Alarming Queen's Company of Grenadier Guards at Omdurman 

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Alarming Queen's Company of Grenadier Guards at Omdurman

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1 Wolff  
2 John Benett-Stanford
 
ALARMING QUEEN'S COMPANY OF GRENADIER GUARDS AT OMDURMAN.
The only Cinématograph Film taken in the Soudan.
Read the following Letter from the well-known War Correspondent, J. Benett-Stanford, Esq.,
To Philipp Wolff, Esq.,
The Cinematograph Film that you have was taken by me on the battlefield of Omdurman the davy before the battle. It is the only genuine Soudan Film, as nobody else had a Cinematograph camera with them. There was a rumour that the Dervishes were advancing to attack us, and all the man were told to lie down and be in readiness to fall in for anything. I therefore fixed my camera on the Grenadier Guards (Queen's Company), and when the brigade trumpeter, whom you see in the photograph, sounded the call, I took the men standing up fixing bayonets, and marching off. It was taken in the British zareba at the village of Kerreri, in the same position as they fought the battle, commonly called Omdurman.
The Era, London, Saturday 5 November 1898, p. 27.
3 01/09/1898  
4 Soudan, Kerreri  

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02/05/1899 Grande Bretagne, Warminster  John Benett-Stanford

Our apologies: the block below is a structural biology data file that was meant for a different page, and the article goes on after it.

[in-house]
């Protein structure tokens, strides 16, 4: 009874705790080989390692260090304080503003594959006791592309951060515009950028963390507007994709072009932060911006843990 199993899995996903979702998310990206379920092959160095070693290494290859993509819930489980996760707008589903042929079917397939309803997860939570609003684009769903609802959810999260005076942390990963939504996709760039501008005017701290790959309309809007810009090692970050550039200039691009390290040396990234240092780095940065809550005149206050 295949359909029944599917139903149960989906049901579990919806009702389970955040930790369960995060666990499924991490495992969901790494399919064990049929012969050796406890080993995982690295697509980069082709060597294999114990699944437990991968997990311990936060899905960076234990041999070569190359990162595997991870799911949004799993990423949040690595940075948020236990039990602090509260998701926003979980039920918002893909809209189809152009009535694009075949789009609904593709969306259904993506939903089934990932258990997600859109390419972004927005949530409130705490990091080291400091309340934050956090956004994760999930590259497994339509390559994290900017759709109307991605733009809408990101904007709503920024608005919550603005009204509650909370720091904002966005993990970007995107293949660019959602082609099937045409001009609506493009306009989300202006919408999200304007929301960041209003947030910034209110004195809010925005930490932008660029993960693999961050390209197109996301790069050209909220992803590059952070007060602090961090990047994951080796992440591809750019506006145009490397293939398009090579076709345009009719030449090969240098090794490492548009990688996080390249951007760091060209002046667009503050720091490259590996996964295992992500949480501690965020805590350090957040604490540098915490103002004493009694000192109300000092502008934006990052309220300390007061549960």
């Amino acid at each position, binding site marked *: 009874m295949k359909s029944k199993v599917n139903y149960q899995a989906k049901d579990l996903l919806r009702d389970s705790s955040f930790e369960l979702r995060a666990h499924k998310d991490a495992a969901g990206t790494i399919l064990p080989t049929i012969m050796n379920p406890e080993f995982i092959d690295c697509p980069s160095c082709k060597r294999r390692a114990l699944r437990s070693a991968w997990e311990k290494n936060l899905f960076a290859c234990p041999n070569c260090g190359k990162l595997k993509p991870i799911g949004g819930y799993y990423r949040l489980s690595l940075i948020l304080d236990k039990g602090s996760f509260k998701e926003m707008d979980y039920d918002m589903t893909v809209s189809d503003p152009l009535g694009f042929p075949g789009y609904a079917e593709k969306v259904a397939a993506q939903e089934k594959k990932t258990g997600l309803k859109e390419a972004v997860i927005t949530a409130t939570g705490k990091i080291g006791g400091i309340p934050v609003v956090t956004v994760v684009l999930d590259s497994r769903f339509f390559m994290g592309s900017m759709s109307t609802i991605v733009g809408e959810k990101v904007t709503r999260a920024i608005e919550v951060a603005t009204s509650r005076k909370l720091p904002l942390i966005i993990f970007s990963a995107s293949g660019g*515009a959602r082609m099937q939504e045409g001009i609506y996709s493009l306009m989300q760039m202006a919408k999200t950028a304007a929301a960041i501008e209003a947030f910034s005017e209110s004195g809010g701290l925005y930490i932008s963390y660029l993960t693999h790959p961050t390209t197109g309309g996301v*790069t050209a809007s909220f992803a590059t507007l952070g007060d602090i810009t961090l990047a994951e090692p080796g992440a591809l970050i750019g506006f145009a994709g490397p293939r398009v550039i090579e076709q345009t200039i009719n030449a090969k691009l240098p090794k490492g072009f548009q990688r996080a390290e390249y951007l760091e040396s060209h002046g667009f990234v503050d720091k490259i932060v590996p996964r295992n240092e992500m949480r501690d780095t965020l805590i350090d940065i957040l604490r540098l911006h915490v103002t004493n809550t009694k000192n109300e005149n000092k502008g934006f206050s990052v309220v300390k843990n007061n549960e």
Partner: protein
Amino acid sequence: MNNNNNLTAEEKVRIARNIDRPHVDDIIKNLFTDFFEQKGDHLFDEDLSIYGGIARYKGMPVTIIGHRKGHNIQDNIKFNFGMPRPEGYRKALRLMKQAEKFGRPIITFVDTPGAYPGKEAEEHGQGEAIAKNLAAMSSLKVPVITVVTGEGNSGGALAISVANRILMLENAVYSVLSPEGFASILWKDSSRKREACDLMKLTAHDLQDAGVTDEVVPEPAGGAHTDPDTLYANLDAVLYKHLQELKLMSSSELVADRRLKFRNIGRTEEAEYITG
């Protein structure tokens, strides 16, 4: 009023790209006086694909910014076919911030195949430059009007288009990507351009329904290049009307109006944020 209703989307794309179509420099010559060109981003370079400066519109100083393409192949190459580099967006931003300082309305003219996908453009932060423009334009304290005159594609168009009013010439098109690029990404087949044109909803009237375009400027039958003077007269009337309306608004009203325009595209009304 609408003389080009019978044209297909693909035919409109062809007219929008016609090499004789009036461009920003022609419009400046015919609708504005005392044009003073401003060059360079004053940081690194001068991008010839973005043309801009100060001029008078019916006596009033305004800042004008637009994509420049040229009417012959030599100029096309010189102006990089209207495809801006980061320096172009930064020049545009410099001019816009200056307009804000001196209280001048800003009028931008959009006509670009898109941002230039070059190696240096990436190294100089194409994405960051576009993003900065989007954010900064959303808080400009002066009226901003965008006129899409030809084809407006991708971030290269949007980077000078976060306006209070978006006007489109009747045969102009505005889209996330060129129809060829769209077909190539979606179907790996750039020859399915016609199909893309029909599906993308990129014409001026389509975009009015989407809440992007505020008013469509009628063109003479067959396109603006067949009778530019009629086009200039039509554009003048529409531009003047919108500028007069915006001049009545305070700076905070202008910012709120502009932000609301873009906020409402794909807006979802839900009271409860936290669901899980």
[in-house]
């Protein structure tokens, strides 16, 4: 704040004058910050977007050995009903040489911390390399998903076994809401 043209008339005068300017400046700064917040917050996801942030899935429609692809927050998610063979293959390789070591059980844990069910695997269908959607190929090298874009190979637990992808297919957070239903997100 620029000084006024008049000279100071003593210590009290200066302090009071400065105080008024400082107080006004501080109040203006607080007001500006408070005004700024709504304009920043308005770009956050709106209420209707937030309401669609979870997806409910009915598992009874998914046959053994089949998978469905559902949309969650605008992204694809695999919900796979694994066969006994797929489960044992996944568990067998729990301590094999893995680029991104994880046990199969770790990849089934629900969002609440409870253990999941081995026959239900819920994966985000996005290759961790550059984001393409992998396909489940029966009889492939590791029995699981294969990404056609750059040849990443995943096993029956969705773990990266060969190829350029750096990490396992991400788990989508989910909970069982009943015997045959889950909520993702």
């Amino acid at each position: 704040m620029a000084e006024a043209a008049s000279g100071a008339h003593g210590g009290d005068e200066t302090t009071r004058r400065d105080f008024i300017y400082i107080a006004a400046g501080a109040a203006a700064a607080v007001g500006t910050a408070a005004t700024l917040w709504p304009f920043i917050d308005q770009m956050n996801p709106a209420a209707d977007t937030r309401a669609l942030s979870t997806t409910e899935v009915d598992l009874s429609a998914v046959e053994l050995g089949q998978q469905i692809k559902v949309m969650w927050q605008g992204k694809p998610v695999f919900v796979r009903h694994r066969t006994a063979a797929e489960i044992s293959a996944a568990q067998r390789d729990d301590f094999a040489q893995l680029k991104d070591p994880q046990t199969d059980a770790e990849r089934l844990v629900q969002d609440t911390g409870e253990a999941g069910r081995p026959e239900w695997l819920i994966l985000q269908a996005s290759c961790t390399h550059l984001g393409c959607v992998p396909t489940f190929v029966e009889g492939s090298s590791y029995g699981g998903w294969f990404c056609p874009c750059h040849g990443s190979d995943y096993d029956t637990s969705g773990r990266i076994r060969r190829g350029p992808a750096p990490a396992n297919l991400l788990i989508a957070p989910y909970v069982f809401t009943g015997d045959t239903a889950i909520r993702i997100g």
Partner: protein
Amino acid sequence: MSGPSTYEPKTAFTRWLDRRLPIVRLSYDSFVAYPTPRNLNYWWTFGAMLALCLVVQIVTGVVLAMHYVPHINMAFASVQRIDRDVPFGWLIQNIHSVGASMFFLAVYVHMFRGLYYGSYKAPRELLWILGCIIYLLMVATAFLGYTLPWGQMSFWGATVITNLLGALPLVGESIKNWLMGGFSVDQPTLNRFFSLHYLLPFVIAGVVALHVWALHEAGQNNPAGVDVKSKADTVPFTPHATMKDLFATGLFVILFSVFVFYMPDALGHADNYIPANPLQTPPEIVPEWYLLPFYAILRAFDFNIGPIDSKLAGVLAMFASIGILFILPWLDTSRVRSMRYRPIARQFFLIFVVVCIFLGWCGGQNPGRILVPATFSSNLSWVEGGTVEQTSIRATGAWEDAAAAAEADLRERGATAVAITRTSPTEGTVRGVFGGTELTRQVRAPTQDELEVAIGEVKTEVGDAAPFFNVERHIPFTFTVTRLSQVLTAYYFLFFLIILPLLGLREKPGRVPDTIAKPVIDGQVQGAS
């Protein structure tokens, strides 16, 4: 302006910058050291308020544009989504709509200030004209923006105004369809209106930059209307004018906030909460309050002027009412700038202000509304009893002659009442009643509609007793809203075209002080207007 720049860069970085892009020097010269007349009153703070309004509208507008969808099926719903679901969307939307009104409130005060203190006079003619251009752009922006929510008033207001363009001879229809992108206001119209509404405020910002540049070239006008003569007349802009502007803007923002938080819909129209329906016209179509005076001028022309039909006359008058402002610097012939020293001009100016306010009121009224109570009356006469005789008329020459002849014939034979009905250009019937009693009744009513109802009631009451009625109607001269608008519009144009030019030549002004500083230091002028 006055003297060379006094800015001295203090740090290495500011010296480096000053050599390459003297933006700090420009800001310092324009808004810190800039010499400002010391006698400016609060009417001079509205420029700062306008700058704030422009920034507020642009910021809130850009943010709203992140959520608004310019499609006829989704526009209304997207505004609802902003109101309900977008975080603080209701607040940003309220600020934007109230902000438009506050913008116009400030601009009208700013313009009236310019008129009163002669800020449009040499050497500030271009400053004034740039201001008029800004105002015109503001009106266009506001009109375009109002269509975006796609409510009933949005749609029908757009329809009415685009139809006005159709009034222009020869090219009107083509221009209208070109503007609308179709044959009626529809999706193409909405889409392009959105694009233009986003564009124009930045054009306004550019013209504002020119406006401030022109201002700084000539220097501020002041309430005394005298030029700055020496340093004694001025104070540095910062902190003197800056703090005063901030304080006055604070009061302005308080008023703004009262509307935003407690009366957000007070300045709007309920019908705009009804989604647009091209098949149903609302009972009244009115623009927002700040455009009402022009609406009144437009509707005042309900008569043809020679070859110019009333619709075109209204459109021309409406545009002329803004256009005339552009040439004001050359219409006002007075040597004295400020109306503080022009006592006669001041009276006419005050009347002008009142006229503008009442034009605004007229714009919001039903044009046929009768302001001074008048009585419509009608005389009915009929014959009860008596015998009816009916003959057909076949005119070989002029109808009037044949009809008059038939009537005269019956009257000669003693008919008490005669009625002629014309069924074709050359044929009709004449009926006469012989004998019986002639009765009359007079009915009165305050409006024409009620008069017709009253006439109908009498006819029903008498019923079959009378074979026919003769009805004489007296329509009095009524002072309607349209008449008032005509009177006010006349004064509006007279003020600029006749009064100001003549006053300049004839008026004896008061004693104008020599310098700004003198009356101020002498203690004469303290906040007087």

"TO KHARTOUM WITH THE SIRDAR.”
LECTURE BY MR. J. BENETT-STANFORD ON THE SOUDAN CAMPAIGN.
EXCITING EXPERIENCES OF A WAR CORRESPONDENT.
[...]
On the morning of the 1st September the whole force arrived at Kerreri, some six miles to the north of Khartoum, and formed into triangle, the Nile making the longest side. The 21st Lancers were immediately thrown out to their front and took up a line of outposts around the Hill Surghan, and the Egyptian Cavalry was to the westward. He rode out to the line of outposts, and found the men dismounted and watching the enemy. As the soldiers could not advance further than their line of outposts they were very anxious that should ride down and see if he could get any nearer the enemy’s position. He went nearer and got to within some 300 yards of their line. They were all chanting the whole time "Allah, Bismallah.” It was a most extraordinary sight to see this large mass of men, the number of whom was estimated at between 50.000 and 60,000, in one great long line, simply sitting down and waiting. Oddly enough they did not fire much at him, only few Remington bullets going over his head. He then rode back to the cavalry main body and found them dismounted resting their horses. About five o’clock in the evening the cavalry scouts were withdrawn, and as nobody knew what were going to be the dispositions of the Khalifa, all the men slept at their post, and half-company watches were kept through the night. He rode round the whole position about six o’clock, and found everybody waiting in grim silence for the events of the night.
Warminster & Westbury journal, and Wilts County Advertiser, Saturday 06 May 1899, p. 5.

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